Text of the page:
‘Pirates of Penzance’ delivers a treasure

HIGHLY RECOMMENDED

Ben Barker (Frederic) and Cecilia Iole (Mable) try for an intimate moment but her sisters want to listen in and watch in Pirates of Penzance at Music Theater Works. (Photos by Brett Beiner)
Ben Barker (Frederic) and Cecilia Iole (Mable) try for an intimate moment but her sisters want to listen in and watch in Pirates of Penzance at Music Theater Works. (Photos by Brett Beiner)

Mix really funny song interpretations with fine operatic voices and you have the hilarious, wonderfully entertaining “The Pirates of Penzance” at Music Theater Works.

Director Rudy Hogenmiller and choreographer Clayton Cross have the not so ferocious Pirate King  (Larry Adams) stretched out horizontally across his comrades in his name song. They have the daughters of the Major- General stumbling as they take-off shoes and stockings to wade then, hurriedly attempt to put them back on when pirate apprentice Frederic (Ben Barker) announces his presence.

After all, Frederic feels it’s his duty and the honorable thing to do to say he is watching. Similarly, if you listen to his lyrics, he doesn’t sugar coat his plea to the daughters for one of them to come with him, even if she is too pimply or plain to attract other beaus.

The lovely Mable (Cecilia Iole) accedes to his request. However the couple are afforded little privacy as her sisters, again riotously stumbling all over each other, attempt to watch and listen.

Then there is the crowd pleasing ”I Am the Very Model of a Modern Major-General” done brilliantly by James Harms who reprised that role from 2009 at Music Theater.

Larry Adams (Pirate King) and his merry band.
Larry Adams (Pirate King) and his merry band.

Of course the show is among Sirs W. S. Gilbert (libretto) and Arthur Sullivan’s (music) series of pokes at British standards of behavior so in it is inherently funny. But the Music Theater Work’s production is among the best I’ve seen because all movements are exaggerated as are such operatic ornamentations as Mabel’s (trills).

As a spoof, the actions and songs should be exaggerated but Hogenmiller can get away with more ham because he is working with a talented cast. They all are veterans of past Music Theater, Broadway or touring musicals and regional or Chicago shows.

Harms was in “The Iceman Cometh” with Nathan Lane and Brian Dennehy and “The Visit” with Chita Rivera at the Goodman. Along with several Music Theater productions, Adams was in Sweemey Todd and The Phantom of the Opera on Broadway and has appeared at Paramount, Drury Lane, Goodman, Marriott; et. al.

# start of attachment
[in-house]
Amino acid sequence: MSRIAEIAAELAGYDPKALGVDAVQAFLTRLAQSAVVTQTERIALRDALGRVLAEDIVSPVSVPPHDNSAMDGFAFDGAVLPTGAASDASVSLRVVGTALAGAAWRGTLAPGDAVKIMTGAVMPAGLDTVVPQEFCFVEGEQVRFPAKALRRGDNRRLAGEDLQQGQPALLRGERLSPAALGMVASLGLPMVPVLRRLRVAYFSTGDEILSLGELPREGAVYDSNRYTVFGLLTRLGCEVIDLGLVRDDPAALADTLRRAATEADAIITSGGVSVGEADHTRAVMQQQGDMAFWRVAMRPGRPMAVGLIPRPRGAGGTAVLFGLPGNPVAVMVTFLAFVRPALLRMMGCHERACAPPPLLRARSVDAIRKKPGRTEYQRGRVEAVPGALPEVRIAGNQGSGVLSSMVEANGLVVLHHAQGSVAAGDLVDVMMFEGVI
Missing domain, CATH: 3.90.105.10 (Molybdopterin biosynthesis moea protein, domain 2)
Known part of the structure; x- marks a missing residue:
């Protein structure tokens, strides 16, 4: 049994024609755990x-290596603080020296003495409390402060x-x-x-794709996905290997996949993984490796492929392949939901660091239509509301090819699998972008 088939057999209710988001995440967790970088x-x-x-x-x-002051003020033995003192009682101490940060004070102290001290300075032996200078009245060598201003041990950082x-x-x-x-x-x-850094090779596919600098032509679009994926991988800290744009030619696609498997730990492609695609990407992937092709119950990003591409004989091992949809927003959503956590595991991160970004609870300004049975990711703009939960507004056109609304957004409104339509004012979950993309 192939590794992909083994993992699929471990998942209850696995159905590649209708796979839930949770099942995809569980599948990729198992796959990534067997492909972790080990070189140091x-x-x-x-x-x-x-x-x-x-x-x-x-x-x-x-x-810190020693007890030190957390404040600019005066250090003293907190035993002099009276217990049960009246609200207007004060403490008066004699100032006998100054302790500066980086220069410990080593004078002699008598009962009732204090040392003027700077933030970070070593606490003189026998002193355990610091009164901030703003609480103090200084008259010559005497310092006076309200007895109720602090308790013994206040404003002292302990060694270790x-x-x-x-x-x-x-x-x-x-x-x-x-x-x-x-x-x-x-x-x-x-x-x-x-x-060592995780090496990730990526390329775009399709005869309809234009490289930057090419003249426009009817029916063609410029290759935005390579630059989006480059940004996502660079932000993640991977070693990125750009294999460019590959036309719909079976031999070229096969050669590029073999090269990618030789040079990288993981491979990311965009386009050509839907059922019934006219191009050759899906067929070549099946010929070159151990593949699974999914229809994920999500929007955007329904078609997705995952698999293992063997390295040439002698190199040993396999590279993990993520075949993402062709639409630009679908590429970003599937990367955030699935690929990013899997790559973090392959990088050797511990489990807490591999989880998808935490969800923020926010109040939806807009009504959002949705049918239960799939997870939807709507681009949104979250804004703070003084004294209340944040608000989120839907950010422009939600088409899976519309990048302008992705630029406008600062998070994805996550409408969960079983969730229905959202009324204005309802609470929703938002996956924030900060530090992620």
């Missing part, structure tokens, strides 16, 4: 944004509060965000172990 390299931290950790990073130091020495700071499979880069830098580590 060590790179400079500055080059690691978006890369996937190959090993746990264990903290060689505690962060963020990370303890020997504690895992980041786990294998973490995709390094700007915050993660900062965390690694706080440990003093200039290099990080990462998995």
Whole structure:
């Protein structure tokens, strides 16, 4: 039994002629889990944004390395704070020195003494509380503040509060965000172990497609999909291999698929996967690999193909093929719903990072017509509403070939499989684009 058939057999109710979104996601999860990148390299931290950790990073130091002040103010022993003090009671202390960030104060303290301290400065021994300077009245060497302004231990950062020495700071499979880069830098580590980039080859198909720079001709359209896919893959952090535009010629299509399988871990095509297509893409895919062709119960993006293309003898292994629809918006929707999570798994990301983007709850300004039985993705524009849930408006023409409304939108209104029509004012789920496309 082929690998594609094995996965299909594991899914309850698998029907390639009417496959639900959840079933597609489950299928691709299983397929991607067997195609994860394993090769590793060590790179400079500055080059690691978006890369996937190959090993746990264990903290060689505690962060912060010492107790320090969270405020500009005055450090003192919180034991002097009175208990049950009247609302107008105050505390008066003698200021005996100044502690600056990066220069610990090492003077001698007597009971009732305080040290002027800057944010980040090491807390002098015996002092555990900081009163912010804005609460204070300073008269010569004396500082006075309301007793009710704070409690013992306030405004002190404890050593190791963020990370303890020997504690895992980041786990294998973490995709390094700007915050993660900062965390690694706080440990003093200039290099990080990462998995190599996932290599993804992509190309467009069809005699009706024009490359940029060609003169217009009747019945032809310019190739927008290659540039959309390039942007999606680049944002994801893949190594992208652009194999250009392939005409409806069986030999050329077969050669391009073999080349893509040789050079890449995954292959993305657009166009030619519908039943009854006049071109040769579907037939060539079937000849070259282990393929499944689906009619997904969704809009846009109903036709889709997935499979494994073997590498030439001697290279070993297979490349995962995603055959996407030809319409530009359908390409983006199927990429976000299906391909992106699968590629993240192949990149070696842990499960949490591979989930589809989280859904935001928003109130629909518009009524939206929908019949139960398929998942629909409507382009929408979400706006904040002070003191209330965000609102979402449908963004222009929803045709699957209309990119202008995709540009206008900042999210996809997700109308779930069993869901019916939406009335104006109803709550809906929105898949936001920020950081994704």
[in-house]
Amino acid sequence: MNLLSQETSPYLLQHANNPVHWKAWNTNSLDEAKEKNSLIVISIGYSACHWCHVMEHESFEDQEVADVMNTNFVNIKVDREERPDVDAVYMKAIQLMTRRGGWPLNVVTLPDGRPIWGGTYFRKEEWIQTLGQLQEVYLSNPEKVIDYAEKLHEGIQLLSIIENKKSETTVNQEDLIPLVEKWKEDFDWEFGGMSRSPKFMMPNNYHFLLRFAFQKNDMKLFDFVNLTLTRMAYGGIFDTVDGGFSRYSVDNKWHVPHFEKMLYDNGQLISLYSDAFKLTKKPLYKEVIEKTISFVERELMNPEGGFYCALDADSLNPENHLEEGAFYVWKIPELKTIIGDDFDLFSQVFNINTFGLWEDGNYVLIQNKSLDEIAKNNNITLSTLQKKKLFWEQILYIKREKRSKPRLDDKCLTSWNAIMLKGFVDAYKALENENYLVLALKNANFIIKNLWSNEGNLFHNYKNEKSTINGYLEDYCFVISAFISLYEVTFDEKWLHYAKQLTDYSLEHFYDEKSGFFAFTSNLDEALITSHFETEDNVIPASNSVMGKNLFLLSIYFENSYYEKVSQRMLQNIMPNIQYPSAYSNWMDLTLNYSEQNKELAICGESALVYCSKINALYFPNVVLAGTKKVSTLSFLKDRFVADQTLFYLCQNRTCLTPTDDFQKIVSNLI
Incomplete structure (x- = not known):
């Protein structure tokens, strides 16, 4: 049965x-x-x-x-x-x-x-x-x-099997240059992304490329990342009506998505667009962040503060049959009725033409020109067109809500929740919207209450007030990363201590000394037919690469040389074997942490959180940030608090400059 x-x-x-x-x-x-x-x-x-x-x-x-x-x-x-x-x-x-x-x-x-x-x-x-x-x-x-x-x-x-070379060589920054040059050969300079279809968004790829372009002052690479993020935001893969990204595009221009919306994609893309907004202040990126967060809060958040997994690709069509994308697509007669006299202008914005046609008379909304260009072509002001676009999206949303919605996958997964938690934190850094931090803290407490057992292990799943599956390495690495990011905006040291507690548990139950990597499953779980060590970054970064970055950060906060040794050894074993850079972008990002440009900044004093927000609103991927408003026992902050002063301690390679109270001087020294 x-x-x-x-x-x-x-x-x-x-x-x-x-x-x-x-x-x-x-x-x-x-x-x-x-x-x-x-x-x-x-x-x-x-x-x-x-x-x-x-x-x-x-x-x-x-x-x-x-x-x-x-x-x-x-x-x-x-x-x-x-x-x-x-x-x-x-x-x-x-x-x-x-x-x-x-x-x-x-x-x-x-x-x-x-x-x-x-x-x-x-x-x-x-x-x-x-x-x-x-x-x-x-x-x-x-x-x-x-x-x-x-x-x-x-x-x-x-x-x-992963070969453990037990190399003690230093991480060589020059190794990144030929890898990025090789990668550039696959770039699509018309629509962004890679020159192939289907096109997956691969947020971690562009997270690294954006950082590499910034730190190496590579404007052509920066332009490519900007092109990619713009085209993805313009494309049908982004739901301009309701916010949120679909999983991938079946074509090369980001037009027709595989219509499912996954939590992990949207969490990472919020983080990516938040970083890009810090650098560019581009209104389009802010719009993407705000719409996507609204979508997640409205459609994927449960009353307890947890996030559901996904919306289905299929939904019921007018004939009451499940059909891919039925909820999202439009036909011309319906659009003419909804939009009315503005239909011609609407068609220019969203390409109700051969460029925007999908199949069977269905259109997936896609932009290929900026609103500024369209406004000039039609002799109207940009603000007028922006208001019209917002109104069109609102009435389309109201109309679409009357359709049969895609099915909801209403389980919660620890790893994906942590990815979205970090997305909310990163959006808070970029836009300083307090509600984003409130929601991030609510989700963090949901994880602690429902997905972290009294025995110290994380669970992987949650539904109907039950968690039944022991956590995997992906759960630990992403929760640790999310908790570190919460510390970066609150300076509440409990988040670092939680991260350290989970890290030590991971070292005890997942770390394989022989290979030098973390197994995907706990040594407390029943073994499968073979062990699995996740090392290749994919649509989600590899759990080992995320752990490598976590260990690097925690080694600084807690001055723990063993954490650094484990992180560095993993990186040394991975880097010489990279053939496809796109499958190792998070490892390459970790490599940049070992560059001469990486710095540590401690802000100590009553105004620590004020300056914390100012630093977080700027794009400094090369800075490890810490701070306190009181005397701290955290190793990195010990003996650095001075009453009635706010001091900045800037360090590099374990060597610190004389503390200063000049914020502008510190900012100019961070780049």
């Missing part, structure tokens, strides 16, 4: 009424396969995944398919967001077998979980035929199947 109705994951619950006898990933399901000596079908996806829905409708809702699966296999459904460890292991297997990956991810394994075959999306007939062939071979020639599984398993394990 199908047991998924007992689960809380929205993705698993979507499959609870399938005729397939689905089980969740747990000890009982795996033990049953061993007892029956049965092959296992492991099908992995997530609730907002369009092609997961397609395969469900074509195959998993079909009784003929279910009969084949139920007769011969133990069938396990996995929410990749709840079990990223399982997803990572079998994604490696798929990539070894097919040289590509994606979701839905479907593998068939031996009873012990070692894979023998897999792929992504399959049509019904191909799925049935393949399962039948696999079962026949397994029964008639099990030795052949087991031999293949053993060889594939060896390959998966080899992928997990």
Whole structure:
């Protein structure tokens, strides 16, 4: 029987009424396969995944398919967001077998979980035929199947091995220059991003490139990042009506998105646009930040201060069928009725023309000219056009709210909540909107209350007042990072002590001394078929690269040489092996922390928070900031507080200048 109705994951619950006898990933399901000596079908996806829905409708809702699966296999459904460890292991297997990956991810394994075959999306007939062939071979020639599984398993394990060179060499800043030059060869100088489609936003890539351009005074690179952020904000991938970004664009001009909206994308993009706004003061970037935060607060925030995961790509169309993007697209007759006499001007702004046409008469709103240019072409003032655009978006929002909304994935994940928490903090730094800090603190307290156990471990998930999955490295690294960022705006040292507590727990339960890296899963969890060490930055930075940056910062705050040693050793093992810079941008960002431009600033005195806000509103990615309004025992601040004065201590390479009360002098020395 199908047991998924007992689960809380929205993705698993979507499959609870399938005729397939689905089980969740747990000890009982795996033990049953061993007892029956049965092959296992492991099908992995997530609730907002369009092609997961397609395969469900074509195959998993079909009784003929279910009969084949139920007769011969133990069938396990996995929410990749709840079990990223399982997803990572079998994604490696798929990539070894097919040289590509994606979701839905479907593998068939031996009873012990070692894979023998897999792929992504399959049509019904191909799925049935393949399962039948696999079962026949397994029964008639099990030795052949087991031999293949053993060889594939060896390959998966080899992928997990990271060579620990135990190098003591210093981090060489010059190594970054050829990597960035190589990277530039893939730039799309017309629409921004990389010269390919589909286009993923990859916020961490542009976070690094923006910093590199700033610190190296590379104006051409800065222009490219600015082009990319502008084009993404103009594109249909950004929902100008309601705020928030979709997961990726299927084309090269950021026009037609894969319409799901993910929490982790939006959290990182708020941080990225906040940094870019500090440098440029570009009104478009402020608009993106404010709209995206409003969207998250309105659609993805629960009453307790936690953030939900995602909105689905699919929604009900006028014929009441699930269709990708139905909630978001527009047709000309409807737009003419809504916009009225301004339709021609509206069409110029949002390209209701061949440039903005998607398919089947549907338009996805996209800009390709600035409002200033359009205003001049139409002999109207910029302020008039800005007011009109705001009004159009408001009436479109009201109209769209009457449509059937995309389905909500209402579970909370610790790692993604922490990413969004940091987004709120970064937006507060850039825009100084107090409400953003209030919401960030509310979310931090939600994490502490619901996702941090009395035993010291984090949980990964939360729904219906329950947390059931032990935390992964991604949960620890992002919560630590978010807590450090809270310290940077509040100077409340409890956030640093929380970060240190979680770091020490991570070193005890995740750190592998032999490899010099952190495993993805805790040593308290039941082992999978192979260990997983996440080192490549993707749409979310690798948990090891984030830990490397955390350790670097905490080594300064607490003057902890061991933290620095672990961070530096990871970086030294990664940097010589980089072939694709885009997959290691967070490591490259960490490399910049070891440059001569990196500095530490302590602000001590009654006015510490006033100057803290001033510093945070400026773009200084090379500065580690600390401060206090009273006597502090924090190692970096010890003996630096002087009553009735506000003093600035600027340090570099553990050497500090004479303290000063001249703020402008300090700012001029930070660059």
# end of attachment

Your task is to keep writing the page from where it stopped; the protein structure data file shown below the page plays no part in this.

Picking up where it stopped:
James Harms (Major-General Stanley) is a modern Major-General
James Harms (Major-General Stanley) is a modern Major-General

Barker was in Marriott Theatre’s “Spring Awakening” and “October Sky” and in Paramount Theatre’s Les Miserables.” Iole appeared in Paramount’s “Sweeny Todd” and Rocky Mountain Repertory’s “Les Miserables.”

“Pirates” sub title is “The Slave of Duty.” Frederic felt tied to the pirates until age 21even though it was a mistake by his nursemaid, Ruth (Nancy Hayes), who had him apprentice to a pirate instead of a pilot. But when Ruth feels shunted aside as Frederic plans to go off with Mable, the nursemaid insists he is not 21 because he was born on February 29. The every-four-years birth date means he has to serve the pirates for another 63 years.

Playing Ruth, not an endearing character to audiences, is very different from Hayes’ last role as Mame Dennis in Music Theater’s “Mame” production in 2016. She and the production were the best “Mame” I’ve seen in the Chicago area. She also specializes as Judy Garland in local and regional productions.

 

Unfortunately, Music Theater productions are a short run so audiences who appreciate Gilbert and Sullivan humor and operettas have only through next weekend to grab a ticket.

DETAILS: “The Pirates of Penzance” is at Music theater Works in Cahn Auditorium, 600 Emerson at Sheridan Road, Evanston, through June  17. Running time: 2 hrs., 15 min. with one intermission. For Tickets and other information call (847) 920-5360 or visit Music Theater Works.

Jodie Jacobs

For more shows visit Theatre in Chicago

 

 

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